01 Choose your urban furniture
An interactive method to imagine possible ways of transforming a public space with urban furniture.
Select examples of urban furniture
The first step is to explore the public space in question to identify the existing urban furniture (including its limitations) and see if additional features are needed. The second step is to reflect on the function(s) of each individual type of urban furniture (e. g. benches, bike parking, flower beds needed). Each function is related to a certain type of usage and can enhance and / or disrupt other usages. Keep in mind that introducing new urban furniture can lead to new conflicts in the public space. For instance, benches attract young people to spend time in the public space, but loud groups can disturb residents. The last step is selecting examples with different design proposals: shape (e. g. height, depth) and materials (e. g. wood, concrete). This takes into account the ergonomic characteristics, the aesthetic value and the maintenance requirements of the urban furniture. The final selection of examples should include a wide variety of designs with the same function to allow comparison.
Hold the workshop
Present the examples in a way that can be easily understood by the users of the space. Print the examples on card-type formats with a photo of the urban furniture in a real-world setting. Include the function and source (designer, city and country), and leave space for comments. Print or draw a grid on a large paper format, divided according to the different functions of the urban furniture. Divide the participants into small groups (1 – 3 people) and provide explanations and take notes. The objective is not selecting one particular object to be replicated in the public space, but gathering inspiration for designing the most appropriate urban furniture for that particular public space.
Who is it for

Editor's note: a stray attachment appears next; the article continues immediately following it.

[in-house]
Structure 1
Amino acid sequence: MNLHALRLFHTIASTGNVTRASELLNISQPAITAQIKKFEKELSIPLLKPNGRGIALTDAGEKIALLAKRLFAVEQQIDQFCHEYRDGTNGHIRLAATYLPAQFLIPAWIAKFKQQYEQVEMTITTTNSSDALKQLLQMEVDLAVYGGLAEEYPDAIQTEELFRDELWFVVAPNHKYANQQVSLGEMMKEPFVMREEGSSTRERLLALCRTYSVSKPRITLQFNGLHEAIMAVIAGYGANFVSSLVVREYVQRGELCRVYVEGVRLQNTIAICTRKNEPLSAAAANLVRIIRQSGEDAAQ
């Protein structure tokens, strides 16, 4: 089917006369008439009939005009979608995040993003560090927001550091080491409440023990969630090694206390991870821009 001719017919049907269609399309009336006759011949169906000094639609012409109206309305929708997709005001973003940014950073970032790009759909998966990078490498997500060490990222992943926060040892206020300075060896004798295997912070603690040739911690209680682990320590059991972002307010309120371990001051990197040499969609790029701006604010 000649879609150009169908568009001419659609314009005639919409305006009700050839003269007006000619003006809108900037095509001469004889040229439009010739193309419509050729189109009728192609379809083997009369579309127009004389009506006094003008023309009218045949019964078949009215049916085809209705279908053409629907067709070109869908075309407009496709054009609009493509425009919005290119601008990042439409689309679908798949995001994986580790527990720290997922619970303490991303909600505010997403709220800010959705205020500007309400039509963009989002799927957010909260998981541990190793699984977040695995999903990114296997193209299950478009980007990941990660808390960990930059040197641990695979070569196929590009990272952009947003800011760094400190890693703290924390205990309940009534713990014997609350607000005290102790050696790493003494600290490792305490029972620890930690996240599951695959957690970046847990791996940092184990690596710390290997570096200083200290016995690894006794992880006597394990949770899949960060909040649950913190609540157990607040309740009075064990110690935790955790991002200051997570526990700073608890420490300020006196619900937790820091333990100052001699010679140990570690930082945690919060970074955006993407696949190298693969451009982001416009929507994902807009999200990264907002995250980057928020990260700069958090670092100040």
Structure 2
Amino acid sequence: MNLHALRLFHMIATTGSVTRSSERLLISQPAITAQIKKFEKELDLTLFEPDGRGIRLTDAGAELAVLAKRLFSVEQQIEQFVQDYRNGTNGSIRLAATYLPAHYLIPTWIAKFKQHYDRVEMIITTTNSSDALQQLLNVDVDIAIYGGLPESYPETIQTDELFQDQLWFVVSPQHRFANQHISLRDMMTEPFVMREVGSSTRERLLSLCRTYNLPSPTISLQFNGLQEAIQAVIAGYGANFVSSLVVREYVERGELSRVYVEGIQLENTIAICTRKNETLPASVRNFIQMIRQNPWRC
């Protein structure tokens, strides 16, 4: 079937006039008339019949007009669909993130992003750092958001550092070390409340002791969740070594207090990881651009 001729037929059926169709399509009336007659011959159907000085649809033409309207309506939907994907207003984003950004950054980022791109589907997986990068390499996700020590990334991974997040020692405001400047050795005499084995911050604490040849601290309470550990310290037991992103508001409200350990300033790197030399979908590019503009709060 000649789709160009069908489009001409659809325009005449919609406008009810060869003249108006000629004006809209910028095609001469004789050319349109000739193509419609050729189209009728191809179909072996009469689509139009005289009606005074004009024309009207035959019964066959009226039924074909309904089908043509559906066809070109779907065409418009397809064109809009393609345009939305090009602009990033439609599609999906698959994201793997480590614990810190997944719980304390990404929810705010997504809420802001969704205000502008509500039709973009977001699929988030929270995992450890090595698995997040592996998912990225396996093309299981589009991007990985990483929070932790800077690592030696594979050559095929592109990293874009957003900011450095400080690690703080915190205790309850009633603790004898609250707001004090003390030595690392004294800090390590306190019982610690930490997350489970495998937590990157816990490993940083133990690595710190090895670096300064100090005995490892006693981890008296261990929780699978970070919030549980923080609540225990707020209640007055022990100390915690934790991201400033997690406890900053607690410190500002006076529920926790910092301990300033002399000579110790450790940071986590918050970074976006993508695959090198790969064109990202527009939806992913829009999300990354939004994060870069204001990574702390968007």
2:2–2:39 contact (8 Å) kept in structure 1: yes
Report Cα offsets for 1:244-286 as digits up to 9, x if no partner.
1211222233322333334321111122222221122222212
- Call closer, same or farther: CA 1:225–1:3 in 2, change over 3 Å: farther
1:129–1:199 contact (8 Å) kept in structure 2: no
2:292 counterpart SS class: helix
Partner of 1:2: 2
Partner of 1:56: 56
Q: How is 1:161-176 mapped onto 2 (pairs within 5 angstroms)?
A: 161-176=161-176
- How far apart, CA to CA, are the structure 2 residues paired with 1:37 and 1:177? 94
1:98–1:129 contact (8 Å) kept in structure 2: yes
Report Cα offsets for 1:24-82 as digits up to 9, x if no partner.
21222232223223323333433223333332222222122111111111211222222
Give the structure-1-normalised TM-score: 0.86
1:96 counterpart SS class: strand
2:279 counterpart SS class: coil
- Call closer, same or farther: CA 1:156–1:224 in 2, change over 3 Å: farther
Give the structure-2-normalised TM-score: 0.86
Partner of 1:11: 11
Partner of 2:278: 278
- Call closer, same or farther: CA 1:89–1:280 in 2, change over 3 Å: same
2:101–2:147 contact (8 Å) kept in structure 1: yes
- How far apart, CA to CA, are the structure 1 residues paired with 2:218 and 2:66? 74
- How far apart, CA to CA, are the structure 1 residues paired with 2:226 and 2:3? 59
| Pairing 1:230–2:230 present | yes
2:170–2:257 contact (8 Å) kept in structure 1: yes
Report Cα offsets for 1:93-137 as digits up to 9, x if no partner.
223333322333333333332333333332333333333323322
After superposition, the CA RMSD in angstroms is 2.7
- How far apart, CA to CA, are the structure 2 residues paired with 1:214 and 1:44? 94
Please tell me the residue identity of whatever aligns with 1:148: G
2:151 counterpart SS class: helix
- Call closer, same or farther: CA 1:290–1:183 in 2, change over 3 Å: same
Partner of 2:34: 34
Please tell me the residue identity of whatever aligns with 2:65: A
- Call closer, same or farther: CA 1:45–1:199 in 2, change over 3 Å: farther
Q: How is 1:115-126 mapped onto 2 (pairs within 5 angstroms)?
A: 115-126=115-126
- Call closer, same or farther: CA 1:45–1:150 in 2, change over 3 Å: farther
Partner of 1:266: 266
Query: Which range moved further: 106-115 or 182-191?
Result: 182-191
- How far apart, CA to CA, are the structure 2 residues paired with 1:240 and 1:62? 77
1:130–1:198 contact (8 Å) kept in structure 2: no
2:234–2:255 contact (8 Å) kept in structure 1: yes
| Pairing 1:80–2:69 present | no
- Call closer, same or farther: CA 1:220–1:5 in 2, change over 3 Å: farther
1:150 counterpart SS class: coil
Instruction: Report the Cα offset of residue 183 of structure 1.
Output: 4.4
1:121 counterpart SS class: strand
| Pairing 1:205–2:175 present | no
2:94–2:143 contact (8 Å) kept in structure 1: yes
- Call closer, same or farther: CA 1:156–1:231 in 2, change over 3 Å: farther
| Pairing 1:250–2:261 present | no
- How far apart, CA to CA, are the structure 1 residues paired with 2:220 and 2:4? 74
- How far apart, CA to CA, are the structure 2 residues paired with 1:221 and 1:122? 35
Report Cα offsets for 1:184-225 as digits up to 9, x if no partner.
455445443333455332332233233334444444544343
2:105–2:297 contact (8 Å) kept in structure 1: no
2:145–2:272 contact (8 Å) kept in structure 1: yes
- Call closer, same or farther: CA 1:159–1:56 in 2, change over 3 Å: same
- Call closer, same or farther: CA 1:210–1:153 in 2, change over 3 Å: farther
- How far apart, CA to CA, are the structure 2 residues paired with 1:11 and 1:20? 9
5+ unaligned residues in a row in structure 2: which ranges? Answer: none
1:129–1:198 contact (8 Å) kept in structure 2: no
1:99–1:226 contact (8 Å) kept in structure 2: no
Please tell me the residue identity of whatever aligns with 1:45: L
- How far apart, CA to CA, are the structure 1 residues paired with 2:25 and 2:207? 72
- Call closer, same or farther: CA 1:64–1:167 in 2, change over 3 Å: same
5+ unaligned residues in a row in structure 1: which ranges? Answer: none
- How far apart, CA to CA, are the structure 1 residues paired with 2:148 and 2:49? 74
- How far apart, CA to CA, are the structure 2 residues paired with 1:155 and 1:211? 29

Users of a public space
How does it work
It provides the participants with inspiring examples of urban furniture and facilitates a discussion on the most suitable solutions.
Why, what for
It enables people to express their aspirations about the future of a public space, and makes them visible to others.
Who can do it and what do you need for it
Competences: skills in using a layout program (alternatively, it can be done in OpenOffice), facilitation skills.
Materials: cardboard for printing the cards (A6), a printed grid to categorise the examples (A0), pencils, sticky notes, a rigid support used as display.
At what phase in a planning process
After completing the site diagnostic /
in the co-design phase
Catalina Dobre, catalina.dobre(at)ulb.be
Sanches, Maria G. and Lois
Frankel. 2010. ‘Co-design in
Public Spaces: An Interdisciplinary Approach to Street Furniture Development’, in Durling, D., Bousbaci, R., Chen, L, Gauthier, P., Poldma, T., Roworth-Stokes, S. and E. Stolterman (eds.), Design and Complexity — DRS International Conference 2010, 7-9 July 2010, Montreal, Canada.
Sanders, Liz and Pieter J. Stappers. 2014. ‘From Designing to Co-designing to Collective Dreaming. Interactions 21(6): 24 – 33.
Sobral, Laura. 2013. ‘Co-created Street Furniture as a Catalyst for Urban Culture and Public Life’. Hacking Urban Furniture Website. Retrieved 7 / 02 2021 from http://www.hackingurbanfurniture.net/research/co-created-streetfurniture-as-a-catalyst-forurban-culture-and-public-life/.